I truly feel that a wide assortment of gloves are a very necessary prep to include for your at-home supplies as well as in your bug out bags, get home bags (if you have one), and vehicle kits. Not only do gloves protect your hands from simple things like callouses but from very bad things like communicable diseases or harsh chemicals… they really are an essential part of your gear. And, besides, desk jockeys like me who aren’t accustomed to hard physical work each day will welcome the protection that gloves offer. Without further ado, here’s several types of gloves I recommend you have:
It’s hard to beat a good set of leather-palmed work gloves as they find use in so many situations, from the use of hand tools like shoves and axes to gardening. Like I said at the start, for those who aren’t accustomed to daily physical labor then your hands will surely appreciate these gloves since their main purpose is to guard against abrasion and minor cuts.
While you can purchase the one-size-fits-all cowhide gloves (and you certainly should as loaners) I much prefer you purchase a good pair of form-fitted leather-palmed work gloves. You might also want a pair of rubber-coated gloves for serious gripping power.
Though you can purchase these online the best place to purchase these gloves is at your local hardware store so that you can try them on. There are many different styles, sizes, and feels that you really need to try them on first. I suggest each adult have at leat one good pair of form-fitted gloves at home, a few loaner one-size-fits-all, and probably one good pair of form-fitted gloves in their bug out bag and vehicle kits. Of course, gloves don’t last forever so it wouldn’t hurt to purchase more than one pair if you can afford them.
Disposable Exam Gloves
There are actually a few types of disposable gloves to consider but for most purposes the ones you want are simple disposable latex-free exam gloves.
By and large the purpose of these gloves is to protect both you and patient from transmitting communicable diseases to and from each other. There are other uses such as to keep your hands clean while cleaning, using bleach, oiling stuff, or for whatever reason you might find use so long as you’re not dealing with harsh chemicals that would require better protection. Remember, these are for minimial protection only.
Fortunately, you can purchase these in bulk so it’s not a huge drain on the wallet. And understand that you want latex-free gloves because some people are allergic to latex. I like to keep a few to several pairs of these gloves readily available in our bug out bags and vehicle kits as well as plenty at home.
As with the leather gloves mentioned above, there are so many manufacturers, styles, sizes and materials of winter gloves that you really need to try them on before buying. In this case, visit your local sporting goods stores and spend some time there. Again, my recommendation is that each adult have one good pair at home and in your bug out bag and/or vehicle kits. If you want to save some money buy two pair and place one in your bug out bag and one in your vehicle kit.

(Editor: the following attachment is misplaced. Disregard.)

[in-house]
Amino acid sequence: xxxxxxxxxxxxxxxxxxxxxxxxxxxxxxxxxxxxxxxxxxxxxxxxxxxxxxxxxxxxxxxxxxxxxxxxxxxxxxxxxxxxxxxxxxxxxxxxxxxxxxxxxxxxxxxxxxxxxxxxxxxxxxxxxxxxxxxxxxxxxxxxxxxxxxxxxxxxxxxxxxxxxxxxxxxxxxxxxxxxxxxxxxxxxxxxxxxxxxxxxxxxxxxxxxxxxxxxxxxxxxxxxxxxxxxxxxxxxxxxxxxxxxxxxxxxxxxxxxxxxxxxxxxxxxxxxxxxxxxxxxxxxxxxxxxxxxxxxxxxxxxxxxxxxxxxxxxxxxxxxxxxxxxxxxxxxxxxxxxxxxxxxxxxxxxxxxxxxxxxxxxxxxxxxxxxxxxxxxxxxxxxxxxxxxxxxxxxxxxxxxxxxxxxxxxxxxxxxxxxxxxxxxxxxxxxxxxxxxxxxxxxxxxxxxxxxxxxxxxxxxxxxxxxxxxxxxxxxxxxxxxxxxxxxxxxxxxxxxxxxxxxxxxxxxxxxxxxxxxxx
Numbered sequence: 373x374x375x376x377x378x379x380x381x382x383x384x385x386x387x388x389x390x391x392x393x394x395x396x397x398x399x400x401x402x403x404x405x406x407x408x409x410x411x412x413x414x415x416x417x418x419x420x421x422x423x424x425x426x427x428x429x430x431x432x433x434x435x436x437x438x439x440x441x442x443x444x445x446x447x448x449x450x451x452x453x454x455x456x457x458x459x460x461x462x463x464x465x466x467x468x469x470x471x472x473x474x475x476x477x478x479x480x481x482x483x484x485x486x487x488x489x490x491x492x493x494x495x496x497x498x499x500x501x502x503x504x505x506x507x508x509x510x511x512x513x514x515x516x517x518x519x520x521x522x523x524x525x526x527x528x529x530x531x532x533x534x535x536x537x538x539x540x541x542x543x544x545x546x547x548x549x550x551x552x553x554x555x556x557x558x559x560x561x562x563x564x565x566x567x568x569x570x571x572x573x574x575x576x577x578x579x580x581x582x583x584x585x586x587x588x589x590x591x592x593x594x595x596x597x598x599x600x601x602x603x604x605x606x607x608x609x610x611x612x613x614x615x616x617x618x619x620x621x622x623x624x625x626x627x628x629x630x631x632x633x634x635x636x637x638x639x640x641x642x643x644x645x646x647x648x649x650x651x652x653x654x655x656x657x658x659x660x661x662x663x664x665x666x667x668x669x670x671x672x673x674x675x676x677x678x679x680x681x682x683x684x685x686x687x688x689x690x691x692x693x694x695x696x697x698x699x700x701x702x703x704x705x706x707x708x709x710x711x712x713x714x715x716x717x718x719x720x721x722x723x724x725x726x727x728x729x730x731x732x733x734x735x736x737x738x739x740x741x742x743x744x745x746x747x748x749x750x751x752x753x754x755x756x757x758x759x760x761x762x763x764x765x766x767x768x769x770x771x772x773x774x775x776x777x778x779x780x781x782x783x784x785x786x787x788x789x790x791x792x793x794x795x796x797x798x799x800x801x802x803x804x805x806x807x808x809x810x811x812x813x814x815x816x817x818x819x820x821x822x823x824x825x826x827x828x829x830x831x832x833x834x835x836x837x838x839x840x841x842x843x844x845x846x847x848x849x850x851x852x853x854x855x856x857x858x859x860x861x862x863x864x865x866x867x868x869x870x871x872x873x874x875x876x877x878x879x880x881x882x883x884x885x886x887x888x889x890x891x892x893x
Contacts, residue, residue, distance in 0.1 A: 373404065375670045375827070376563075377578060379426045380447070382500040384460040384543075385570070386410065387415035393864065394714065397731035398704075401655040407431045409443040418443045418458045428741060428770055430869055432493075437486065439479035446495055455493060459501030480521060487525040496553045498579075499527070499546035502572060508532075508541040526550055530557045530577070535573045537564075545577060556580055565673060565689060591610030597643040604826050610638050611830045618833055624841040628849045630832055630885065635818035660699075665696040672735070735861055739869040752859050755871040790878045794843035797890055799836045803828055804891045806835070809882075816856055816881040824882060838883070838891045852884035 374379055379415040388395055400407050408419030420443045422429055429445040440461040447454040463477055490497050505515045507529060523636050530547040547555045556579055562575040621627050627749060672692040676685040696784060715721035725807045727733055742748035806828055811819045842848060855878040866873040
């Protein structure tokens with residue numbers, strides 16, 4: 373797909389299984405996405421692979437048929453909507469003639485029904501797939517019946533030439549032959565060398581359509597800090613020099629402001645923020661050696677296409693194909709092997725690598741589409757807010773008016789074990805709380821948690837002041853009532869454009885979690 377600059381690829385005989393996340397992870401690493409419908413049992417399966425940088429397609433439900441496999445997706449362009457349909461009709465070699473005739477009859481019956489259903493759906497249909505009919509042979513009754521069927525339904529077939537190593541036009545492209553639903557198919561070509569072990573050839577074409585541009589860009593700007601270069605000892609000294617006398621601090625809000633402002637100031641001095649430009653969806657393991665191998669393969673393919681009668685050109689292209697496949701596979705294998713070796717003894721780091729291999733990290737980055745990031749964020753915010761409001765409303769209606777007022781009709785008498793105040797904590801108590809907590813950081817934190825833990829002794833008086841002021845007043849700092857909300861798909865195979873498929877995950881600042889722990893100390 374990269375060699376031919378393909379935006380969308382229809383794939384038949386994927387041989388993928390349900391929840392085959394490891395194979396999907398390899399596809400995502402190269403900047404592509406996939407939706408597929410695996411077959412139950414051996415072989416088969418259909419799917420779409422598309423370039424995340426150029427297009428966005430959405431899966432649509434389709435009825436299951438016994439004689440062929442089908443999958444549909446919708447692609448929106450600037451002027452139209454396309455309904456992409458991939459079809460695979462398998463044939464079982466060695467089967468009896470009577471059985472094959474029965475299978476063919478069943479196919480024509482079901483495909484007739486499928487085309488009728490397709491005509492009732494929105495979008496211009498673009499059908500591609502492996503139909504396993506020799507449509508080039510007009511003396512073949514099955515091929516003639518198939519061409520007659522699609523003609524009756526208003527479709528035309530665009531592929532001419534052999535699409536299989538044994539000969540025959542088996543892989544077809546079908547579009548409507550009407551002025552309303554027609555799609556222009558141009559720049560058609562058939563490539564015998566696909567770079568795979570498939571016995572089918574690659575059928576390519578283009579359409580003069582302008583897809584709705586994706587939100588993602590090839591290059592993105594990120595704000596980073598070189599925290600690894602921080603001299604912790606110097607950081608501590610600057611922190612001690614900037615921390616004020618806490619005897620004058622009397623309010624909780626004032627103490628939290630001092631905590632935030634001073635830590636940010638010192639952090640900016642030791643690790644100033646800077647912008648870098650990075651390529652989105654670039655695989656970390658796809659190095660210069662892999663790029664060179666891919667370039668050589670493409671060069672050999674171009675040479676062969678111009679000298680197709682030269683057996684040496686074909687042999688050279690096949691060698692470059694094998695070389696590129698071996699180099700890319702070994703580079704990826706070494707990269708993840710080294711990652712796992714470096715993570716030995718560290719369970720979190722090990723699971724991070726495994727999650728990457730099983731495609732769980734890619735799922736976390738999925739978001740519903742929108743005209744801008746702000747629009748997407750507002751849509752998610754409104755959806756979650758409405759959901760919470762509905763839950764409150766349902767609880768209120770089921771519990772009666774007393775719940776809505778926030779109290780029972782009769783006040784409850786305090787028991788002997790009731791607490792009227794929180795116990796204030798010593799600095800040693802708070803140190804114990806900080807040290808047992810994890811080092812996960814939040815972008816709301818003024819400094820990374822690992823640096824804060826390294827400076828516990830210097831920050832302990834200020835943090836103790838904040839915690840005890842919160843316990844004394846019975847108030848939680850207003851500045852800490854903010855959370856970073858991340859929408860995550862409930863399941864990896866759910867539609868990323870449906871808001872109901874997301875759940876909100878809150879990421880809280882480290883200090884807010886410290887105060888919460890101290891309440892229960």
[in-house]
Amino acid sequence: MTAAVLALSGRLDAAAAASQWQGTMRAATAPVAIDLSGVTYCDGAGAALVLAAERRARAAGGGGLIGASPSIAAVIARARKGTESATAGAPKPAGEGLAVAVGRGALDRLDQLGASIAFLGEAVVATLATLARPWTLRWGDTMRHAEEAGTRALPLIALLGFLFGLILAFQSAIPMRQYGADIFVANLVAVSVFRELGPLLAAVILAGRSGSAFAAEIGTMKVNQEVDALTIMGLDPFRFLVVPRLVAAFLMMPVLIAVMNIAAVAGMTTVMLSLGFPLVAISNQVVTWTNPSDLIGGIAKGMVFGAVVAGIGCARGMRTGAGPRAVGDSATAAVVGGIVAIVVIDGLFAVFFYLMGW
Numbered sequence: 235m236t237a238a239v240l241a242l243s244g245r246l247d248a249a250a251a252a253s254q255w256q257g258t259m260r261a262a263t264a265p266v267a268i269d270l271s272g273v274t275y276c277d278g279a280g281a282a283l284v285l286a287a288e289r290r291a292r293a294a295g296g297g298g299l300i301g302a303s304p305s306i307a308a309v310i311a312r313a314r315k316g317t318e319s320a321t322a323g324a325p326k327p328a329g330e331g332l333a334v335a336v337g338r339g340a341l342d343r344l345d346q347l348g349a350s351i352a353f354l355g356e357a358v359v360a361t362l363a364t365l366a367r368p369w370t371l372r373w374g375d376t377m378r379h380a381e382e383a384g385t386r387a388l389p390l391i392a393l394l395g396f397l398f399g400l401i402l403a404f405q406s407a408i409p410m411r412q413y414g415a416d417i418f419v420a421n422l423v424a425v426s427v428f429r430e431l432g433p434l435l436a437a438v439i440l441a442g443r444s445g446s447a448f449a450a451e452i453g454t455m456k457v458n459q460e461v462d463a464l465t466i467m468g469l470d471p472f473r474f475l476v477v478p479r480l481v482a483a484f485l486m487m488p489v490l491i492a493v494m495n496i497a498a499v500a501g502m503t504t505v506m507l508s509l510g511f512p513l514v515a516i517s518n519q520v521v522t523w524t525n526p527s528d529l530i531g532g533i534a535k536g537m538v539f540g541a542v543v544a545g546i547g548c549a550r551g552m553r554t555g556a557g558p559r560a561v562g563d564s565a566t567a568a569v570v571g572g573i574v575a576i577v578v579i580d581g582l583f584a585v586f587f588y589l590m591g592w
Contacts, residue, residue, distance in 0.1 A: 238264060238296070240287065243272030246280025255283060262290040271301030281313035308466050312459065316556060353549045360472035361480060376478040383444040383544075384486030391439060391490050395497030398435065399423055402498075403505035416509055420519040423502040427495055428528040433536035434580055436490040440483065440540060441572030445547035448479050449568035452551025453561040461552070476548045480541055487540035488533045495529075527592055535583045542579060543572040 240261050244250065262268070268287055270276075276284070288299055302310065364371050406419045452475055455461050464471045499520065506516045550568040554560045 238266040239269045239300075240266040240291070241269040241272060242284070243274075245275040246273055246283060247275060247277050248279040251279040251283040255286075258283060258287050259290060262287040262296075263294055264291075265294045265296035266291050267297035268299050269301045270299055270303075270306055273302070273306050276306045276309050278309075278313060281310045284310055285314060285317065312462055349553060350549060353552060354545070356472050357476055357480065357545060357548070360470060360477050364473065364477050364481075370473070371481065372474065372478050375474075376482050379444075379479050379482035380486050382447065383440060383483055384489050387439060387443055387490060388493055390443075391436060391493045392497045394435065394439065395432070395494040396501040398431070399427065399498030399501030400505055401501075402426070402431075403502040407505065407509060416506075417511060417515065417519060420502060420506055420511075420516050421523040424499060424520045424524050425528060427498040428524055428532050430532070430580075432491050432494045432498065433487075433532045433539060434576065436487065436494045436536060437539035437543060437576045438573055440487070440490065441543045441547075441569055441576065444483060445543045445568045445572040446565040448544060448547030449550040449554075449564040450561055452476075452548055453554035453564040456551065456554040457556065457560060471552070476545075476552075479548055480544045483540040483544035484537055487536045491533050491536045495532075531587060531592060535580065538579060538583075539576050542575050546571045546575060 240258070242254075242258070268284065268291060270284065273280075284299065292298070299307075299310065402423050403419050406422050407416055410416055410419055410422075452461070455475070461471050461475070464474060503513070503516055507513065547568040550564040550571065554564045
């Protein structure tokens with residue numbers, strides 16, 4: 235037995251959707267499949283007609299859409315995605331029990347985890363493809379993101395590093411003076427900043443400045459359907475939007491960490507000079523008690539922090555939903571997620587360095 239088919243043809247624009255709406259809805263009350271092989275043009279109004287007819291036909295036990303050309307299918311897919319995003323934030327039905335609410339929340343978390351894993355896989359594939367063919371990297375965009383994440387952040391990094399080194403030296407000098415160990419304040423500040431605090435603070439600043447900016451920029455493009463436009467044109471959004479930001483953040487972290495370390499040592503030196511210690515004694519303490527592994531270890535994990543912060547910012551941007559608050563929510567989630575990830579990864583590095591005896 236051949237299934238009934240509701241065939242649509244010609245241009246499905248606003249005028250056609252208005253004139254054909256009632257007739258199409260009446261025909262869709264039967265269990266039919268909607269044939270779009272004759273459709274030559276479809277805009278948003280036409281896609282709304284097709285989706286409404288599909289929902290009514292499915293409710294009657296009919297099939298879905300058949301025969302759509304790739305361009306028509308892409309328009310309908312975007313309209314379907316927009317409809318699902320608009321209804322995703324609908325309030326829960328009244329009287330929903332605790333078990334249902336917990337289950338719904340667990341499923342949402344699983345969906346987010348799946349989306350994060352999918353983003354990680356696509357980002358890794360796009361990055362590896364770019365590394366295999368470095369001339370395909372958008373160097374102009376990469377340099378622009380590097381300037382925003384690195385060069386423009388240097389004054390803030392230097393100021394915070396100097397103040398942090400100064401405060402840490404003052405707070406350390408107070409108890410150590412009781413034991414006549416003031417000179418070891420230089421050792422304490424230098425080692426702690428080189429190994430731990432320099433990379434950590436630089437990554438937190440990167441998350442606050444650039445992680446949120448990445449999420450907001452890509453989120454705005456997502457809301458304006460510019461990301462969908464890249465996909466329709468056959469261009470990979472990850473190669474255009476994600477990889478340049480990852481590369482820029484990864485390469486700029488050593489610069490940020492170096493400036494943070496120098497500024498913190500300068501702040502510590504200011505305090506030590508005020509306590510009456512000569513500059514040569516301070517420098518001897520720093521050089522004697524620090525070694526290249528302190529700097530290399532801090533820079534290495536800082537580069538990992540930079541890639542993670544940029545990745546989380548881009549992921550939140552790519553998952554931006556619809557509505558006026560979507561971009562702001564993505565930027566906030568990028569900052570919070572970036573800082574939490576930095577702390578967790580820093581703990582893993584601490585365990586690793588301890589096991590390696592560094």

Mittens are another option and, in some cases (such as with children), a better one. I prefer gloves but don’t discount snow mittens for adults too.
Though hardly a substitute, you might also find that a simple set of cotton-lined gloves underneath are a great addition to any winter gloves or mittens you choose.
This is where it can get overwhelming. There are a variety of chemical gloves that you can and should have, including PVC-coated, nitrile, and neoprene to name the most important, in my opinion. There are others and if you want a nice chart that discusses the different types of gloves, their use, and chemical-by-chemical how each type of glove fares, reference this Glove Selection Guideline.
While I wouldn’t expect you to need this type of gloves while out and about, at least one or two pairs of each types of gloves is a good start to keep at home. You might also consider full-arm length gloves if you expect to be working with serious chemicals. And, of course, any additional protection required such as eye protection, aprons, etc.
For less serious chemicals–such as for basic cleaning jobs–consider reusable rubber gloves. I mentioned above that you could use simple disposable gloves for this purpose but rubber gloves might be the better option.
High Heat Gloves
Though I have a few of the basic pairs of fireplace gloves, if I ever fined any “extra” money I’m going to upgrade to a nice pair of form-fitted heat-resistant gloves. After all, they just look cool. 😉
While meant for dealing with fireplace and BBQ grill heats, you could use them as oven gloves too, including handling dutch ovens and more. If you don’t have a fireplace or BBQ grill but still need heat protection then you could always buy something like an ove-glove.
There are also a number of other specialized gloves that you could purchase, inculding basic gardening gloves, welding gloves, chainsaw gloves, and more… I’m sure that if you’re into that stuff then you already know what you need.
So, what did I miss? Let me know!